One of the great things about serving at Brentwood Baptist Church is that I’m surrounded by people smarter and more gifted than I am. One of those people is Amy-Jo Girardier, our girl’s student minister. She has some great insight for moms and daughters….
Whenever I begin to talk about tithing, I’m immediately hit with two major objections. First, tithing is never mentioned or commanded in the New Testament. Second, a ten percent gift is a shallow understanding of tithing and giving as taught in the Old Testament. If you total all of the various sacrifices and offerings in the Old Testament, you’ll end up giving somewhere between 25% and 30%.
As to the first objection, yes, it’s true tithing isn’t mentioned in the New Testament. The standard of giving in the New Testament is the cross. You don’t bow in front of the cross and debate percentages. Jesus gave everything for us and we dare not give less back to Him.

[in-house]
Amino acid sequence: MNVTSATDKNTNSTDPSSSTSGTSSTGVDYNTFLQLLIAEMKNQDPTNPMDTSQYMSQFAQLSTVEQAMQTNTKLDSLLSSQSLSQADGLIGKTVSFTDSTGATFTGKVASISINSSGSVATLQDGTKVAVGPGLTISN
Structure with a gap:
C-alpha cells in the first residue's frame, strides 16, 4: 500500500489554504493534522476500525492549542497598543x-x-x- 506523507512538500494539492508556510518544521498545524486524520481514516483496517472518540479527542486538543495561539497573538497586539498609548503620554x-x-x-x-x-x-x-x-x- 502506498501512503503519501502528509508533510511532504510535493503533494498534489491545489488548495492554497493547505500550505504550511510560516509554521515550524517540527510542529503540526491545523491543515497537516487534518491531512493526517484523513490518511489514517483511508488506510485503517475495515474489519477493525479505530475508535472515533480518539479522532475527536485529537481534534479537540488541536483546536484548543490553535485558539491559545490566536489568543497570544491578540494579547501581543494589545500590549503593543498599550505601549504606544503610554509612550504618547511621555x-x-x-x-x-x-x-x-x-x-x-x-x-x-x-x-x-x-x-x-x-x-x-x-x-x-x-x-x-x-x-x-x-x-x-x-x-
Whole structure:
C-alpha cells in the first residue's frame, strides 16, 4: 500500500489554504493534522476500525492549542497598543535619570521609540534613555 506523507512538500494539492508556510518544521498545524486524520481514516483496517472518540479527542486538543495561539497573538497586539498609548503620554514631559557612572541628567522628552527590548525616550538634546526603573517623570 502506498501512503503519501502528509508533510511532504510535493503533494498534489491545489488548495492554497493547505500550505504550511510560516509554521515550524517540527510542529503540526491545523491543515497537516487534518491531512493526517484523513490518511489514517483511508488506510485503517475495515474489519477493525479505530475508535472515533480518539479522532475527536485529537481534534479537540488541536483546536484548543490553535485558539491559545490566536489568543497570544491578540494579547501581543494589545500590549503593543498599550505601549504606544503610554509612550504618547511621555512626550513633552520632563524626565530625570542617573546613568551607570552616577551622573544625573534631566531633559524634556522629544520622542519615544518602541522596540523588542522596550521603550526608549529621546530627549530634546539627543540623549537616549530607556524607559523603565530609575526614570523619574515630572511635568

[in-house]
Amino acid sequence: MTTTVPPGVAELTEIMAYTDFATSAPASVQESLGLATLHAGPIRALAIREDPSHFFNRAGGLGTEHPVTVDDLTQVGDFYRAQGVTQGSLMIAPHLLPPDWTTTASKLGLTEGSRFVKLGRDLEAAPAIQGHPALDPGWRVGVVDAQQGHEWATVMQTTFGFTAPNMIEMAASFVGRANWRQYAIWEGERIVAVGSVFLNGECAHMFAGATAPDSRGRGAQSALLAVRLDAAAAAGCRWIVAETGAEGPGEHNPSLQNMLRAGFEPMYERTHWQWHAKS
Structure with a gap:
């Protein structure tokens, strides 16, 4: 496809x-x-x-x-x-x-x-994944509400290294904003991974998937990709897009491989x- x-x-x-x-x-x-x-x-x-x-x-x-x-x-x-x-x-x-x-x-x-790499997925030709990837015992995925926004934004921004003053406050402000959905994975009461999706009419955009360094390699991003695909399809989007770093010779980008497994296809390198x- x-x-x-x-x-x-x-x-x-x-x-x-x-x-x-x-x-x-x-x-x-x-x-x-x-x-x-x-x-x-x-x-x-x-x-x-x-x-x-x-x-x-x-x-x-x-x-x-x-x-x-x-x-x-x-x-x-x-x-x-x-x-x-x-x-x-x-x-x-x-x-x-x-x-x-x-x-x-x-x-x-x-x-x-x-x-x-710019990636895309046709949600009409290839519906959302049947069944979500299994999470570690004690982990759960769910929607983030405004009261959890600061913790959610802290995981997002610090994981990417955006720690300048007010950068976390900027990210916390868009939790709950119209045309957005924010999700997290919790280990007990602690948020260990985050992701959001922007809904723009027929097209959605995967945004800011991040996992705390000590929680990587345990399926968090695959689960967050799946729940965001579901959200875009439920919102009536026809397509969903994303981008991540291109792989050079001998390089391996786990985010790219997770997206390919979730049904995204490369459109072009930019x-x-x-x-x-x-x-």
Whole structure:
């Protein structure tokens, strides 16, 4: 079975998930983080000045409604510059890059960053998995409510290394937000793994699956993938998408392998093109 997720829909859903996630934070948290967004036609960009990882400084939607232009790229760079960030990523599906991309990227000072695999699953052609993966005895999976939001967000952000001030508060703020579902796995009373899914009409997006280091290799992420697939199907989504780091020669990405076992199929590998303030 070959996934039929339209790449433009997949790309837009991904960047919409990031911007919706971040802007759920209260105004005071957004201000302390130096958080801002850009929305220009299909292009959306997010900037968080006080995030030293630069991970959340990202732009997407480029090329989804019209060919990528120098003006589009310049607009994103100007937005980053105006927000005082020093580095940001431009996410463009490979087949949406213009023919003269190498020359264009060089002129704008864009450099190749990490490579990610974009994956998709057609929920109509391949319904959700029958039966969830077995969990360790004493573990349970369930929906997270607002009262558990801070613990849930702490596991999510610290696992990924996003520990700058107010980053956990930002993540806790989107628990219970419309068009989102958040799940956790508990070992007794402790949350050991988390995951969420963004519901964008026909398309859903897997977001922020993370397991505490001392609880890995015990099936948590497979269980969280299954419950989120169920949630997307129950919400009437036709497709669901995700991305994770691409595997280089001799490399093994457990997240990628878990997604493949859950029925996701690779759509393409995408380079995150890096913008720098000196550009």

As to the second objection, yes, I know all about the various sacrifices outlined in the Old Testament. Several of the books, such as Leviticus and Deuteronomy go into exhaustive details about when the sacrifice is to be made and how it’s to be presented. And yes, it seems there is some kind of special offering or sacrifice every month. It can be and even to the early Israelites, it was overwhelming.
But here’s the difference for me. I’m a pastor. I’m not a biblical scholar or theologian. Yes, I love studying Scripture. I love digging deep into the text and pondering the various facets of Biblical truth, but my role as a pastor doesn’t afford me the luxury of ivory tower scholarship. I get a few hours a week…at best…
I often tell people I don’t have the luxury of studying combat theory at the academy. I’m the platoon sergeant in charge of getting his soldiers up the next hill.
Most of the time, the subject of tithing comes up at one of two places. Either a person is a new believer and wanting to know what’s next, or a person is wanting to get serious about their faith and they want to know what they should do next.
The key phrase in both of those situations is “next.”
- How does someone who’s just beginning their faith walk learn to trust Jesus with their finances? Tithing is a great next step.
- How does someone who’s determined to go deeper in their faith show Jesus they’re serious? Tithing is a great place to start.